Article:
Under international law, freedom of navigation is defined as the “freedom of movement for vessels, freedom to enter ports and to make use of plant and docks, to load and unload goods and to transport goods and passengers.”

“The percentage of U.S. shipping is 2-3% percent and the number of that 2-3% going through the Red Sea is even lower,” said Montgomery. “The United States is for freedom of navigation, transparency, and freedoms of the sea. That means we are for the protection of all shipping including foreign vessels.”

In recent testimony on Capitol Hill, trade representatives warned a House subcommittee which oversees maritime transportation that the U.S. economy cannot be separated from the global economy on the issue of Red Sea security. Said one expert: “No shipping, no shopping.”

Maersk recently announced two of its American-flagged vessels, the Maersk Detroit and Maersk Chesapeake, were attacked on January 24, during a scheduled U.S. Navy accompaniment for a northbound transit of the Bab el-Mandeb. After those attacks, Maersk announced it would no longer be transiting the Red Sea, a decision also recently taken by Hapag-Llloyd and MSC. Shipping companies are prepared for attacks in the Red Sea that despite U.S. counterattacks, could last from six months to a year.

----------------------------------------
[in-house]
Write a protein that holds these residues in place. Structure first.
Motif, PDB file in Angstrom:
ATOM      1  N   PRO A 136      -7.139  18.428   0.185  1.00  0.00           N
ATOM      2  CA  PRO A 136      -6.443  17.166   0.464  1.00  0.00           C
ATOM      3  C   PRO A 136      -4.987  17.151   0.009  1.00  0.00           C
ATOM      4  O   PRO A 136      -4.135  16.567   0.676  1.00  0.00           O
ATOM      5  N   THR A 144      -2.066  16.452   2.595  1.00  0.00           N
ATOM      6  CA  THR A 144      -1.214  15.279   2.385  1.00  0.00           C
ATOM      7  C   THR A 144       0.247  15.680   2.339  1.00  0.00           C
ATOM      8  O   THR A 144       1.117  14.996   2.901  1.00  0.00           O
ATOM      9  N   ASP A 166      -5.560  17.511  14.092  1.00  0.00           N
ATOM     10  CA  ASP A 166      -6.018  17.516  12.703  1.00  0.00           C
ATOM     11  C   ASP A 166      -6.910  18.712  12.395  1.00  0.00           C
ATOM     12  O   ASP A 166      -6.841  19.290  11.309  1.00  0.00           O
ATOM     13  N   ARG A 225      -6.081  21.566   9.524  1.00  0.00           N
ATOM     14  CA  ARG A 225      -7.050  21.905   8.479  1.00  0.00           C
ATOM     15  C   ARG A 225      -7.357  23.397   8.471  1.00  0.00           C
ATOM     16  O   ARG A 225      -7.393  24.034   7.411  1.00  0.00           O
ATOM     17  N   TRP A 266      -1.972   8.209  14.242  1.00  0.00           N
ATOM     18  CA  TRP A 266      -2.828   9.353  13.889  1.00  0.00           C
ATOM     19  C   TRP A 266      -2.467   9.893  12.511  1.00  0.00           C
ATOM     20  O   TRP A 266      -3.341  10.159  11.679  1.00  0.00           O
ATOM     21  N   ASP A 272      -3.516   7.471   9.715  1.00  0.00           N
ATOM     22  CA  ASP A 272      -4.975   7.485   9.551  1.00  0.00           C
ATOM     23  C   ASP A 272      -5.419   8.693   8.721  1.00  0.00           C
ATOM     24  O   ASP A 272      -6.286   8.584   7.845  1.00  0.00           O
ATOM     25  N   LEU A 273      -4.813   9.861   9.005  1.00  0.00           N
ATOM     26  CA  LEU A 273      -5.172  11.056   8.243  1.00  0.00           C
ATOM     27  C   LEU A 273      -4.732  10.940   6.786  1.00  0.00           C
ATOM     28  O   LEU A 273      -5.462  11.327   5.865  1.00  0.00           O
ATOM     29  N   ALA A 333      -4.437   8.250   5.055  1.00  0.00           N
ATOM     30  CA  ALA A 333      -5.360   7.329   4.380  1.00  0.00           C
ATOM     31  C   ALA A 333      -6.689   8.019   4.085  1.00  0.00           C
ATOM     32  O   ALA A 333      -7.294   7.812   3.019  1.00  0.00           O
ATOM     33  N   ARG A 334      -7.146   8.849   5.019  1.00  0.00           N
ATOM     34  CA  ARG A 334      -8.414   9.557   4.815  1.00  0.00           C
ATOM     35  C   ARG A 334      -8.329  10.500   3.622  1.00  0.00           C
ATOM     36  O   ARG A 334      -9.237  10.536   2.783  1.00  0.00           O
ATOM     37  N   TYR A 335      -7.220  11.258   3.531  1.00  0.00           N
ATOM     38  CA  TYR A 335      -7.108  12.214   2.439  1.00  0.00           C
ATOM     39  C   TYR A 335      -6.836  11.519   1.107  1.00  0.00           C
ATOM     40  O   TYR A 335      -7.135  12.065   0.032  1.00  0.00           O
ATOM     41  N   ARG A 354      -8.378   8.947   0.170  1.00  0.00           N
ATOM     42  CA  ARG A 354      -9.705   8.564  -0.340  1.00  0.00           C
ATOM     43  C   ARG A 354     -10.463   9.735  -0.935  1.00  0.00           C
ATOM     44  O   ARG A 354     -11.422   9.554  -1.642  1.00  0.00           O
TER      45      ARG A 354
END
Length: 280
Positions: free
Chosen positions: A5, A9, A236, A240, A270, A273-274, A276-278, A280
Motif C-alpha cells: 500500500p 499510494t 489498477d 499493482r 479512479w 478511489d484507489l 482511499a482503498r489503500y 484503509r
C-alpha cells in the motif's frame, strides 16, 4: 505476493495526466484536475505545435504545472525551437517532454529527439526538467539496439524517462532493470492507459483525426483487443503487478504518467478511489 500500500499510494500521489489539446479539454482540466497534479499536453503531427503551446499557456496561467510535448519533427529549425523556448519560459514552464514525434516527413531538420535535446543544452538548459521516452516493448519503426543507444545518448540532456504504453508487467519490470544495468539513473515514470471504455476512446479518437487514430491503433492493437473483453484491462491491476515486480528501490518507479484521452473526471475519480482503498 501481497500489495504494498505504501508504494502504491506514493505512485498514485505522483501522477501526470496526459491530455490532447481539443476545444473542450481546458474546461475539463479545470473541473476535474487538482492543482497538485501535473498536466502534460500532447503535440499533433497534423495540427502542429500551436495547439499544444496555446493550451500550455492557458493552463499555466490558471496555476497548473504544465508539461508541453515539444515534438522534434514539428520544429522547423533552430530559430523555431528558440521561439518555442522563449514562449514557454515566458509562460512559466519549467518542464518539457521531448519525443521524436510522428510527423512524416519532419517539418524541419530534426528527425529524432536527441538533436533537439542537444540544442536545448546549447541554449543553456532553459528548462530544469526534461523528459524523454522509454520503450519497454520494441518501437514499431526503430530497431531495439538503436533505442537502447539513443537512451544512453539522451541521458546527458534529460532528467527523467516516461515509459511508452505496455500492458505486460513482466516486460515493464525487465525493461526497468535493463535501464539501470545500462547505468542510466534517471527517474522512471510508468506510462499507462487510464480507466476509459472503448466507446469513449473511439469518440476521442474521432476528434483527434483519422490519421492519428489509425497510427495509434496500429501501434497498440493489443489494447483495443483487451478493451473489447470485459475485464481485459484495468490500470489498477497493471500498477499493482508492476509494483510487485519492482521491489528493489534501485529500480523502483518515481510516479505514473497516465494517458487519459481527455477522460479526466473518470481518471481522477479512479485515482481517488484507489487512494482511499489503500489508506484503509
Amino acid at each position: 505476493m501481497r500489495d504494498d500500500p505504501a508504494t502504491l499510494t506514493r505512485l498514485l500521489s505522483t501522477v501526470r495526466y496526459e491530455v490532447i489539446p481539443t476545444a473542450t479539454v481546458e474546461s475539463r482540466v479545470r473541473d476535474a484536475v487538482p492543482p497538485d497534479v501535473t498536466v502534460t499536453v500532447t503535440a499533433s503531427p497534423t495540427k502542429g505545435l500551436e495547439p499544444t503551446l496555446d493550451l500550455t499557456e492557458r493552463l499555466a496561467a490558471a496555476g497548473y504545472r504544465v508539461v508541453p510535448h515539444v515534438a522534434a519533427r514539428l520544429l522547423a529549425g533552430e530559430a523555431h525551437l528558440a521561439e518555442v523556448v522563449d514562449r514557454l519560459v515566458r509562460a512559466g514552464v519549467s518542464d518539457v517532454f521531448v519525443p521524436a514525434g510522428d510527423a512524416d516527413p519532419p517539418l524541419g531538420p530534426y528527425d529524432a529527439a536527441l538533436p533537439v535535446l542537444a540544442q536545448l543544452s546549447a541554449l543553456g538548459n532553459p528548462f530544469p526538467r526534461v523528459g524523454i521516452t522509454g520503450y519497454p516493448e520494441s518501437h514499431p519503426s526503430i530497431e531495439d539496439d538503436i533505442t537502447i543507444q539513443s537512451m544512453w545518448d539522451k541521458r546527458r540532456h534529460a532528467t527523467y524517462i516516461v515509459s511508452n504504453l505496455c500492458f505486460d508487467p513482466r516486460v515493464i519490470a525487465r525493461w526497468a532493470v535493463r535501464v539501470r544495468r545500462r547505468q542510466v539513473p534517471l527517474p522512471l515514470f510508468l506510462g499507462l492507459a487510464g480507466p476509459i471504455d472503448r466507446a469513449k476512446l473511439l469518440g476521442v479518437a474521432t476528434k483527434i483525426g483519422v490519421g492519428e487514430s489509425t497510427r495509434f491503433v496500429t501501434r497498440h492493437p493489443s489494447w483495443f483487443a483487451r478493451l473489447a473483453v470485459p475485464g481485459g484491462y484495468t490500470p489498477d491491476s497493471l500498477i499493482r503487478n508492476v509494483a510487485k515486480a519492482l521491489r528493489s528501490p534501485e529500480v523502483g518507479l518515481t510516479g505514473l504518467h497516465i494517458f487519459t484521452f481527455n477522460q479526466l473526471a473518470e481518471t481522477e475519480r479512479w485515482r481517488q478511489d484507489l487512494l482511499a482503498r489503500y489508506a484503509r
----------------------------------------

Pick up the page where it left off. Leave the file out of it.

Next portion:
Montgomery said several issues make it impractical to consider U.S.-flagged shipping as an alternative. The United States has seen a steep decline in merchantmen since WWII, and there is also the issue of building U.S. ships. Materials and labor must be within the U.S., where vessels are more expensive to build and the cost to move ocean freight on a U.S.-flagged vessel is more than on a foreign-flagged vessel.

“We don’t have sufficient merchantman, ships, and maintenance,” he said.

It’s not a new problem, he said, noting that a House Select Committee on China has been asking about this problem. “Congress is well aware of this problem,” Montgomery said.